Novel Corynebacterium diphtheriae in Domestic Cats
Aron J. Hall , Pamela K. Cassiday, Kathryn A. Bernard, Frances Bolt, Arnold G. Steigerwalt, Danae Bixler, Lucia C. Pawloski, Anne M. Whitney, Masaaki Iwaki, Adam Baldwin, Christopher G. Dowson, Takako Komiya, Motohide Takahashi, Hans P. Hinrikson, and Maria L. Tondella
Author affiliations: Centers for Disease Control and Prevention, Atlanta, Georgia, USA (A.J. Hall, P.K. Cassiday, A.G. Steigerwalt, L.C. Pawloski, A.M. Whitney, H.P. Henrikson, M.L. Tondella); West Virginia Department of Health and Human Resources, Charleston, West Virginia, USA (A.J. Hall, D. Bixler); Public Health Agency of Canada, Winnipeg, Manitoba, Canada (K.A. Bernard); University of Warwick, Coventry, UK (F. Bolt, A. Baldwin, C.G. Dowson); National Institute of Infectious Diseases, Tokyo, Japan (M. Iwaki, T. Komiya, M. Takahashi)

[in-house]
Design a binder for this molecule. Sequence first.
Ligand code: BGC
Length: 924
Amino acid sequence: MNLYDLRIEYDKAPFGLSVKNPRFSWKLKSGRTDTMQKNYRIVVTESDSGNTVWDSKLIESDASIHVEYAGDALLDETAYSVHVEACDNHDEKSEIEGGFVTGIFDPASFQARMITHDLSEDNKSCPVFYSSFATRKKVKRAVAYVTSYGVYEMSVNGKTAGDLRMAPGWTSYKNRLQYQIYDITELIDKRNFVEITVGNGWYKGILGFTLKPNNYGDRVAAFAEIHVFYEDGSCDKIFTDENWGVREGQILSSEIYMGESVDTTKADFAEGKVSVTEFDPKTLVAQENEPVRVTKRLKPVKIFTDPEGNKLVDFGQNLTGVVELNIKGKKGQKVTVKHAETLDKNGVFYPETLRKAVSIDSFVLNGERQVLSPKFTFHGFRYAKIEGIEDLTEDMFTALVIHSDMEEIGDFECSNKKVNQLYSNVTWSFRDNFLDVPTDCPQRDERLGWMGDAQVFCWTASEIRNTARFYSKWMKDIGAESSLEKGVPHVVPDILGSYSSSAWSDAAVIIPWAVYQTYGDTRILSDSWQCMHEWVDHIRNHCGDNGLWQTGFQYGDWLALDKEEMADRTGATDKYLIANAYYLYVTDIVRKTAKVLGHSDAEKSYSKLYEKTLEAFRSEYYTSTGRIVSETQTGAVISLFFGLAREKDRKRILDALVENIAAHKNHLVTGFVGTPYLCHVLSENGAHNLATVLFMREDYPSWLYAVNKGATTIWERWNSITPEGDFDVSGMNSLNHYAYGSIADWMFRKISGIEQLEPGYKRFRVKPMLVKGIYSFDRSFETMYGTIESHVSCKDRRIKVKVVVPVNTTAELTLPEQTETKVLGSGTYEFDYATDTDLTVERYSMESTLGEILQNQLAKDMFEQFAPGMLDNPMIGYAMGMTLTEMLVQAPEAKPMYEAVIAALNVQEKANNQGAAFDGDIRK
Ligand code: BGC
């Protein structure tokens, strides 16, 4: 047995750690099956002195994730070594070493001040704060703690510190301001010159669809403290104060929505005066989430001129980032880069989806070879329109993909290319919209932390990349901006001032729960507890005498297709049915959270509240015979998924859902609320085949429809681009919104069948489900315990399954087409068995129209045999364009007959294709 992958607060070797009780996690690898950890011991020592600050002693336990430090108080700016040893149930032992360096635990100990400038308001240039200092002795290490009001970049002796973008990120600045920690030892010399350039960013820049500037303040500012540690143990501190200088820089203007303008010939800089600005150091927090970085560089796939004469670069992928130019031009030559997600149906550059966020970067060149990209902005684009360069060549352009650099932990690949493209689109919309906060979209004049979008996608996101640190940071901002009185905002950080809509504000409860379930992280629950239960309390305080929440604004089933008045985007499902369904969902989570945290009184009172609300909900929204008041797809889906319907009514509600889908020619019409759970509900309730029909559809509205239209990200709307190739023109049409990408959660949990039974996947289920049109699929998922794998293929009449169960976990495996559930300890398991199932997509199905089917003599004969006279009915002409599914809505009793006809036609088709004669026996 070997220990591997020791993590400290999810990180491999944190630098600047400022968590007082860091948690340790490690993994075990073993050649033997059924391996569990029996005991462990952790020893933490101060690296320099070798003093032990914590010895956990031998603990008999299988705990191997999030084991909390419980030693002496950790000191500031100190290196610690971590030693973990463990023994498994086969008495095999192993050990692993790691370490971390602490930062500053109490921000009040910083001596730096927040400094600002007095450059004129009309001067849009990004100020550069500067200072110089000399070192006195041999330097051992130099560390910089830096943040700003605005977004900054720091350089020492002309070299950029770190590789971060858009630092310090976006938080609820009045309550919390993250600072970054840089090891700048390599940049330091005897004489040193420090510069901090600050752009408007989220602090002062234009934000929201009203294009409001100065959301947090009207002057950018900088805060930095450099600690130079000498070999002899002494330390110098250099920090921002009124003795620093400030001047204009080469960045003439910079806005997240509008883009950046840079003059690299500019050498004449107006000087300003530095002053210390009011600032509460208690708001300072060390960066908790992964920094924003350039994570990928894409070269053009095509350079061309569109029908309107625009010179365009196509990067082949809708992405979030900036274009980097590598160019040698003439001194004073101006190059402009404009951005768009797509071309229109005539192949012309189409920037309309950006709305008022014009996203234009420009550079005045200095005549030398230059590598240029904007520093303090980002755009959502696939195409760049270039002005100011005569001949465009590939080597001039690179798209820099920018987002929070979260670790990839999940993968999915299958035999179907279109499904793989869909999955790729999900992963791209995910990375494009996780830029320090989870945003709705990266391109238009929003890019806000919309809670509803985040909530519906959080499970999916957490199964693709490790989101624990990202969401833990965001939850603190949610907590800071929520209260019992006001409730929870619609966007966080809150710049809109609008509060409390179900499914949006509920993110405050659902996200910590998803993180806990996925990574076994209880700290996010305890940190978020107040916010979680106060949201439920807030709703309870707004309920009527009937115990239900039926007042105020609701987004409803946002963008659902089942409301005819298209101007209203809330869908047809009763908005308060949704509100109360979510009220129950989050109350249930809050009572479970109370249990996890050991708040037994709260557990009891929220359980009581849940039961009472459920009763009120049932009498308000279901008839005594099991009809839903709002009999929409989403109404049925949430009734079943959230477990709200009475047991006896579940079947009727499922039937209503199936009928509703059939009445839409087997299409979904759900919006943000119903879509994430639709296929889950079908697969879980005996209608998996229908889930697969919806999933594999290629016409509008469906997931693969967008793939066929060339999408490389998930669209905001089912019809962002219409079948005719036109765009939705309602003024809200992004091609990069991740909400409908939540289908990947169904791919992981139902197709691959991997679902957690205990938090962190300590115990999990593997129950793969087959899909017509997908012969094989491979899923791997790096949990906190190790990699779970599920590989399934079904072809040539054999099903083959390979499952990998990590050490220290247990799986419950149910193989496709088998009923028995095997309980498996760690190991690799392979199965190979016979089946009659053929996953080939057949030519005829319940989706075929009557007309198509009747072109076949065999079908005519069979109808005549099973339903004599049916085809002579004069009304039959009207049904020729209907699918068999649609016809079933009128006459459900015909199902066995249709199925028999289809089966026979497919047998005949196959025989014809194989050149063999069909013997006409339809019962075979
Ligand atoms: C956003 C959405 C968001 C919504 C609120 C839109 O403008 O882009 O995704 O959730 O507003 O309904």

Figure 2. Jukes-Cantor–derived phylogenetic tree based on sequence analysis of a selected region of the rpoB gene of Corynebacterium isolates, including 2 feline isolates from West Virginia, 2008 (ATCC BAA-1774, CD 450). Feline isolates had 100% identity with each other and 97.7% identity with C. diphtheriae biotypes gravis and belfanti. GenBank accession nos. given in parentheses. ATCC, American Type Culture Collection; CD, Centers for Disease Control and Prevention identifier number; NCTC, National Collection of Type Cultures. Scale bar indicates number of substitutions per site.
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